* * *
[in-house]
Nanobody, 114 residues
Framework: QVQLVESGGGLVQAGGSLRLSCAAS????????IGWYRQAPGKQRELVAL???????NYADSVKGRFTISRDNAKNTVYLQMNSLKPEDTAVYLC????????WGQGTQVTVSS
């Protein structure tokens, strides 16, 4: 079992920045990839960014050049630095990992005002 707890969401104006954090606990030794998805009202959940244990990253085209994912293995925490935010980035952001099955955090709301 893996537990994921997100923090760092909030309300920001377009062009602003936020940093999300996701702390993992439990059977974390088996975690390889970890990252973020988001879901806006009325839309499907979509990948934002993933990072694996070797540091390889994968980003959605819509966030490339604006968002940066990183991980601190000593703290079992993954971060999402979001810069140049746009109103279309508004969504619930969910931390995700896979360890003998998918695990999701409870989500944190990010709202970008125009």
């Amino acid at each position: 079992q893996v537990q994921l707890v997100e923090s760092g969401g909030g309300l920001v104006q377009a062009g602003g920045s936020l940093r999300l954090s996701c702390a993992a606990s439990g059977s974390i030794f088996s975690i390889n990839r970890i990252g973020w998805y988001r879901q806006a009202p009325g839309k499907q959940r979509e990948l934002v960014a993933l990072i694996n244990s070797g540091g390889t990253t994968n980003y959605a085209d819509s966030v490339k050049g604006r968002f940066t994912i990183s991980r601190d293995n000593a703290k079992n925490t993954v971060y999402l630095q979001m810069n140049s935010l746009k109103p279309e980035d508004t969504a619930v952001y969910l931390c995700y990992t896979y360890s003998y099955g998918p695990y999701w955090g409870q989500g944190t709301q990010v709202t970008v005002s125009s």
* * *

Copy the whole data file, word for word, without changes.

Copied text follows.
[in-house]
Nanobody, 114 residues
Framework: QVQLVESGGGLVQAGGSLRLSCAAS????????IGWYRQAPGKQRELVAL???????NYADSVKGRFTISRDNAKNTVYLQMNSLKPEDTAVYLC????????WGQGTQVTVSS
């Protein structure tokens, strides 16, 4: 079992920045990839960014050049630095990992005002 707890969401104006954090606990030794998805009202959940244990990253085209994912293995925490935010980035952001099955955090709301 893996537990994921997100923090760092909030309300920001377009062009602003936020940093999300996701702390993992439990059977974390088996975690390889970890990252973020988001879901806006009325839309499907979509990948934002993933990072694996070797540091390889994968980003959605819509966030490339604006968002940066990183991980601190000593703290079992993954971060999402979001810069140049746009109103279309508004969504619930969910931390995700896979360890003998998918695990999701409870989500944190990010709202970008125009």
């Amino acid at each position: 079992q893996v537990q994921l707890v997100e923090s760092g969401g909030g309300l920001v104006q377009a062009g602003g920045s936020l940093r999300l954090s996701c702390a993992a606990s439990g059977s974390i030794f088996s975690i390889n990839r970890i990252g973020w998805y988001r879901q806006a009202p009325g839309k499907q959940r979509e990948l934002v960014a993933l990072i694996n244990s070797g540091g390889t990253t994968n980003y959605a085209d819509s966030v490339k050049g604006r968002f940066t994912i990183s991980r601190d293995n000593a703290k079992n925490t993954v971060y999402l630095q979001m810069n140049s935010l746009k109103p279309e980035d508004t969504a619930v952001y969910l931390c995700y990992t896979y360890s003998y099955g998918p695990y999701w955090g409870q989500g944190t709301q990010v709202t970008v005002s125009s």